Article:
When should you consider rolling over or transferring your retirement plan?
- Change of employment– Most retirement plans become what is known as orphaned when you leave the employer who sponsored the plan. In order to maintain control of your money it is wise to rollover these plans into a personal retirement account.
- Of course, when you are retiring – This is the time when you may want to start receiving income from your retirement plan. Your plan may or may not have income options if it does shop these payments among private insurance companies. This will insure you receive the highest income payments possible.
- If you are receiving part of a spouse’s retirement plan due to a marital status change – It is a good idea to rollover the funds in order to maintain personal control.
- When your current retirement plan is terminating – For a variety of reason employers will discontinue a plan and start another leaving the previous plan “frozen in place”. A good time to do a rollover.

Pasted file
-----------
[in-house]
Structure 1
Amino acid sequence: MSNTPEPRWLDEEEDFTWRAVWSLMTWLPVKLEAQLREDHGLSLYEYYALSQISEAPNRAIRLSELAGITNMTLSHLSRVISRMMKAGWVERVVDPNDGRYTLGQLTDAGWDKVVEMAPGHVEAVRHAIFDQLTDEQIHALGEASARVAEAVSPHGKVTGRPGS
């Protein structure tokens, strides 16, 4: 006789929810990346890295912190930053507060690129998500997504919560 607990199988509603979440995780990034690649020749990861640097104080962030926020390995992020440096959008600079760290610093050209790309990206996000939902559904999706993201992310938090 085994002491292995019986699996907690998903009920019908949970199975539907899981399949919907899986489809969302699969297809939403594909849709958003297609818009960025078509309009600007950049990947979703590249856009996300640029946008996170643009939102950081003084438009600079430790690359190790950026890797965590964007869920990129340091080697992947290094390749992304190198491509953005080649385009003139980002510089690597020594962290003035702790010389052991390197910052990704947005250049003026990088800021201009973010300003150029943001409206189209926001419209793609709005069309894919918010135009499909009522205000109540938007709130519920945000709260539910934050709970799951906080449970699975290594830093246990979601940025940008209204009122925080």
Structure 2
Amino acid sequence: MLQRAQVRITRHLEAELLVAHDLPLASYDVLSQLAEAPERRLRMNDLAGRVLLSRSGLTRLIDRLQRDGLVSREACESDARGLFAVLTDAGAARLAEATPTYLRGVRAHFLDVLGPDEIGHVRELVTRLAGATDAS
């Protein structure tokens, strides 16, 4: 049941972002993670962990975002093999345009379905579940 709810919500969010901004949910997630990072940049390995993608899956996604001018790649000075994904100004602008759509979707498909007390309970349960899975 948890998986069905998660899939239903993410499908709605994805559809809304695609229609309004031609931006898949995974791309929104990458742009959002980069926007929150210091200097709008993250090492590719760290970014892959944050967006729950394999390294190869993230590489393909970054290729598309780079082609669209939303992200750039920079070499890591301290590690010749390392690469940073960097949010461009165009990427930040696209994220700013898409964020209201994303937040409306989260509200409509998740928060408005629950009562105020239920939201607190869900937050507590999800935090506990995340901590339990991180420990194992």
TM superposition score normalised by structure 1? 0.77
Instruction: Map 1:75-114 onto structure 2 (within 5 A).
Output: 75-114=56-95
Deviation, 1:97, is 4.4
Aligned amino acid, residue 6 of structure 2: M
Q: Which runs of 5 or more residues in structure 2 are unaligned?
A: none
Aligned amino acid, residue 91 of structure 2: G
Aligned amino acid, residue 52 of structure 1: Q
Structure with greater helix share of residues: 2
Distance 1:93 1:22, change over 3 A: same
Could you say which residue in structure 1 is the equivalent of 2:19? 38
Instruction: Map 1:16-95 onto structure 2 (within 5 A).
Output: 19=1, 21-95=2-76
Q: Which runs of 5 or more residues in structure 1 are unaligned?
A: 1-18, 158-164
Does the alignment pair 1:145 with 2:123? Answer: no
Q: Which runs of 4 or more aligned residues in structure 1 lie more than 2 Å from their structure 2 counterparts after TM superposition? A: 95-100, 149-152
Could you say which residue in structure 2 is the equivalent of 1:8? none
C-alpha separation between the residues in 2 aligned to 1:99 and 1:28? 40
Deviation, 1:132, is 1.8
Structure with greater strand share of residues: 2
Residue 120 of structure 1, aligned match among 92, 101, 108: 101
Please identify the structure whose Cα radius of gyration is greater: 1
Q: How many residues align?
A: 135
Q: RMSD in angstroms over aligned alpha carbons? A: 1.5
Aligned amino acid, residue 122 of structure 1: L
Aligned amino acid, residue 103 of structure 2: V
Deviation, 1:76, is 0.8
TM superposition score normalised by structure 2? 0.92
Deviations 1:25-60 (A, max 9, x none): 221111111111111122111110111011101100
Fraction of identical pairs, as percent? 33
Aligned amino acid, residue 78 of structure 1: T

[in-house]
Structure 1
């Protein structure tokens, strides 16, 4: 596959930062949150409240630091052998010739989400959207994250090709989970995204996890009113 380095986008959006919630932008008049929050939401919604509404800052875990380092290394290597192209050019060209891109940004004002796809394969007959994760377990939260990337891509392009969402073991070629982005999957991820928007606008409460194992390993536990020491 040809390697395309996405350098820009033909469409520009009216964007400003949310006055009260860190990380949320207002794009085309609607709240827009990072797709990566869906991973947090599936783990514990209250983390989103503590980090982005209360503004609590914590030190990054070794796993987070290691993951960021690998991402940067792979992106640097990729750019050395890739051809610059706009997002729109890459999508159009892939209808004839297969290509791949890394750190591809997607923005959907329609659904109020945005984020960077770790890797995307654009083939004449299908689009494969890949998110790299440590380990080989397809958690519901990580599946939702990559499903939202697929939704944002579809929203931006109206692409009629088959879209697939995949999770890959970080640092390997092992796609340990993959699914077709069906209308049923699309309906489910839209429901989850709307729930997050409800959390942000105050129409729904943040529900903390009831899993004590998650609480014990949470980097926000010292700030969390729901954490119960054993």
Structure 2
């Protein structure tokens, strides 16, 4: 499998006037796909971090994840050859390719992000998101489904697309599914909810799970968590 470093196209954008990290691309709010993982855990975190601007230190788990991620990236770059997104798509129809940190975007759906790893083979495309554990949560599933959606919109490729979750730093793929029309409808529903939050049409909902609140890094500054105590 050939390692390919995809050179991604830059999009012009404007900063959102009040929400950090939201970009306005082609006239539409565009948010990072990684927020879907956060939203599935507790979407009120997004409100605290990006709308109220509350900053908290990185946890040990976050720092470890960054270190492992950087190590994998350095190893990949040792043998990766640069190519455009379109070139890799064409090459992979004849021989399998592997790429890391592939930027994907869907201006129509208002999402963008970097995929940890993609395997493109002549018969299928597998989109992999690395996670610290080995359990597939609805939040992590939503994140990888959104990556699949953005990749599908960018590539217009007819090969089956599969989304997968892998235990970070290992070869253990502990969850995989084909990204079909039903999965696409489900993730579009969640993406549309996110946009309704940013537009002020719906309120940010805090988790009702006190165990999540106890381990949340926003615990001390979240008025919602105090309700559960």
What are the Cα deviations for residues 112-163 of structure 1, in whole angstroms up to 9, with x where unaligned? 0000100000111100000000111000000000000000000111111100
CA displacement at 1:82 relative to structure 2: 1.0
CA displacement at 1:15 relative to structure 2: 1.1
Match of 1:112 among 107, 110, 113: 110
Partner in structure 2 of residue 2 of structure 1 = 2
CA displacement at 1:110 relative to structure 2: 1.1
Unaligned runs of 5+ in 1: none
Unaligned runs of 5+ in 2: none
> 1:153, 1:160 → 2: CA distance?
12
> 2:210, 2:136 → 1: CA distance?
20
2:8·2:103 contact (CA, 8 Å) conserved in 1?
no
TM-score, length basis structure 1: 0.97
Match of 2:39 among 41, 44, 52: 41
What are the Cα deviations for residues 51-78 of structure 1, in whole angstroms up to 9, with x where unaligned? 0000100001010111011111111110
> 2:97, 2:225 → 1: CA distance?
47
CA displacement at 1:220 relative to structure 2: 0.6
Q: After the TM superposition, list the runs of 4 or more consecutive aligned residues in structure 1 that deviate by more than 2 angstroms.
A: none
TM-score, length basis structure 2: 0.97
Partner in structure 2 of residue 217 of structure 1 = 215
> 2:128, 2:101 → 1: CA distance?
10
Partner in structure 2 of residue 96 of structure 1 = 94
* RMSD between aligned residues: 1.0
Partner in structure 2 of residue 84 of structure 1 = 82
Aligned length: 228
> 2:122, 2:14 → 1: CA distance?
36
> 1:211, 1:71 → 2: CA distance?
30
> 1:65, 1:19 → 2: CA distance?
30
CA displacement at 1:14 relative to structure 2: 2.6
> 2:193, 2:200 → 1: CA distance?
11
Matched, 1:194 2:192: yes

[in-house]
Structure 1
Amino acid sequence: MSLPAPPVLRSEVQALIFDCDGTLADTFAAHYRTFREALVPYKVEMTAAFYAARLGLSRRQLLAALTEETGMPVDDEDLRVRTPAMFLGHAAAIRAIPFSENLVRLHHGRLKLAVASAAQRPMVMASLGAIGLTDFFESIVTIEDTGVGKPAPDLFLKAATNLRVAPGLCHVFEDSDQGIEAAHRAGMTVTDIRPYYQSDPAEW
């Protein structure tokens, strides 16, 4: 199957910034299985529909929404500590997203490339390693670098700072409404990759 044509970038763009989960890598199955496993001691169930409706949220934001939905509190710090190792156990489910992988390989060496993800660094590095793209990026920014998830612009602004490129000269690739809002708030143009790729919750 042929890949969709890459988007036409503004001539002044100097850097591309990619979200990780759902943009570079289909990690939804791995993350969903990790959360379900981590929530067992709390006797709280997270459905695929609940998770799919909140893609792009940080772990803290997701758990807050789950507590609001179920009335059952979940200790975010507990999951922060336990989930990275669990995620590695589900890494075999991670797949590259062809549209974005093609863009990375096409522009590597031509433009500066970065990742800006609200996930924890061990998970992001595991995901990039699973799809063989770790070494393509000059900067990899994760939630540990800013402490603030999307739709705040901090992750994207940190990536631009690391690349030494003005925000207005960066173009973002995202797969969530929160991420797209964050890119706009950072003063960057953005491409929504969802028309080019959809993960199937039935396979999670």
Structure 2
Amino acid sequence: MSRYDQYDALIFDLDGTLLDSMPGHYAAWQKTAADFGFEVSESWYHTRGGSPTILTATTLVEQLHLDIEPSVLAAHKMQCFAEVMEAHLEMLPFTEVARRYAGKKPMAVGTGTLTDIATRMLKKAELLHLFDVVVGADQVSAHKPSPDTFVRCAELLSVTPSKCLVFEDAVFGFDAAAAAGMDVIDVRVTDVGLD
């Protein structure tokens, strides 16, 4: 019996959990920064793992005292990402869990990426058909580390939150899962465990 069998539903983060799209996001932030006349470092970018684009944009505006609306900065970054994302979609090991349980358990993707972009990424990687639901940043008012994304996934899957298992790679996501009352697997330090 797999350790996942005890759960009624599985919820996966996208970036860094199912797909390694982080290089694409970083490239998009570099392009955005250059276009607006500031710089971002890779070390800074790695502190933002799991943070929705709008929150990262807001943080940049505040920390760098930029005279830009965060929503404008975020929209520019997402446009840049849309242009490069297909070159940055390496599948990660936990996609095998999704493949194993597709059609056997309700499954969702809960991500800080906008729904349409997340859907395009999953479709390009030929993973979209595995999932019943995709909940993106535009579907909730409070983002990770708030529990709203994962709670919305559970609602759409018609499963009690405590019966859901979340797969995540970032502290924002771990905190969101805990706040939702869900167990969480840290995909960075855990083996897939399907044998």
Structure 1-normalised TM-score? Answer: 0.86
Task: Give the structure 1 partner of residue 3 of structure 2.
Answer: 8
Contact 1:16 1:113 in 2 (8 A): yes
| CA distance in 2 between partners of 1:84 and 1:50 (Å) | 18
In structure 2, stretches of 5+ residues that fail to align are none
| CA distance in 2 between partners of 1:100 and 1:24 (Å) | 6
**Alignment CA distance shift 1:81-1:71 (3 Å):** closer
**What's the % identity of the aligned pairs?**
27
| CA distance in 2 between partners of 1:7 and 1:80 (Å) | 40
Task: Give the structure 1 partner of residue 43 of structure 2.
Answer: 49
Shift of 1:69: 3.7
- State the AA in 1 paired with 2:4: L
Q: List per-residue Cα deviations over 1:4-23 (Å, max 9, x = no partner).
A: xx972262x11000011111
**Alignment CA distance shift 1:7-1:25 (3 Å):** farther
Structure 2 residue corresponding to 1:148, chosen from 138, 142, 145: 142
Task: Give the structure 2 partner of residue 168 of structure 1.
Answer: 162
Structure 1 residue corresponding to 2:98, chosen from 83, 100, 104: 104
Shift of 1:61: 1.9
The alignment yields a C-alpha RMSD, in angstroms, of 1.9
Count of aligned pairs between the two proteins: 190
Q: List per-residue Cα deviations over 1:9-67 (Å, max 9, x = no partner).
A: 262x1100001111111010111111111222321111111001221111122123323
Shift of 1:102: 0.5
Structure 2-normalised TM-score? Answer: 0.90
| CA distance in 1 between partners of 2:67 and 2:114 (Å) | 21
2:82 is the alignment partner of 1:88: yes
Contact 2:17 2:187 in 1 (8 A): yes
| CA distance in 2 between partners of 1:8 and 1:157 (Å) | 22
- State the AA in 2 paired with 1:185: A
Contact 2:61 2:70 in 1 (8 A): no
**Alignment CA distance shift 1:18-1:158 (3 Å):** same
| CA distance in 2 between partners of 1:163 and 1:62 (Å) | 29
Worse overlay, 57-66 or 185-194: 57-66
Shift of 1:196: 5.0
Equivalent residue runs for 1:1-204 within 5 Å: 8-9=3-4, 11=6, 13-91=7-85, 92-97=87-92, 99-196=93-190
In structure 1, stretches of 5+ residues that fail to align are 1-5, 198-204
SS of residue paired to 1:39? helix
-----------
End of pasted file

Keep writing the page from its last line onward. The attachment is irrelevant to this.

- In-service distribution from your current plan when available can be rolled over into a personal retirement with guarantees in order prevent future losses.
- When you’re inheriting money as the beneficiary of a retirement plan account – Depending on your relationship with the deceased you may be able to do a spousal transfer without taxation into your own personal IRA. Sorry kids you will have to pay income taxes.
- When you have worked for multiple employers, participated in multiple plans, and now desire to consolidate the assets from those different plans into a single plan.
- If your retirement plan has no safe money investment options – it is advisable to diversify using a rollover whenever your plan allows.
A recent tax court ruled that only one IRA rollover is allowed per year. To avoid tax problems it is better to do an institution to institution transfer. This way the funds are never comingled with any of your other money.
Consult with a professional to help you make the most informed decision when a rollover is in your best interest.
You may ask questions in the comments or contact me privately Tim Barton, ChFC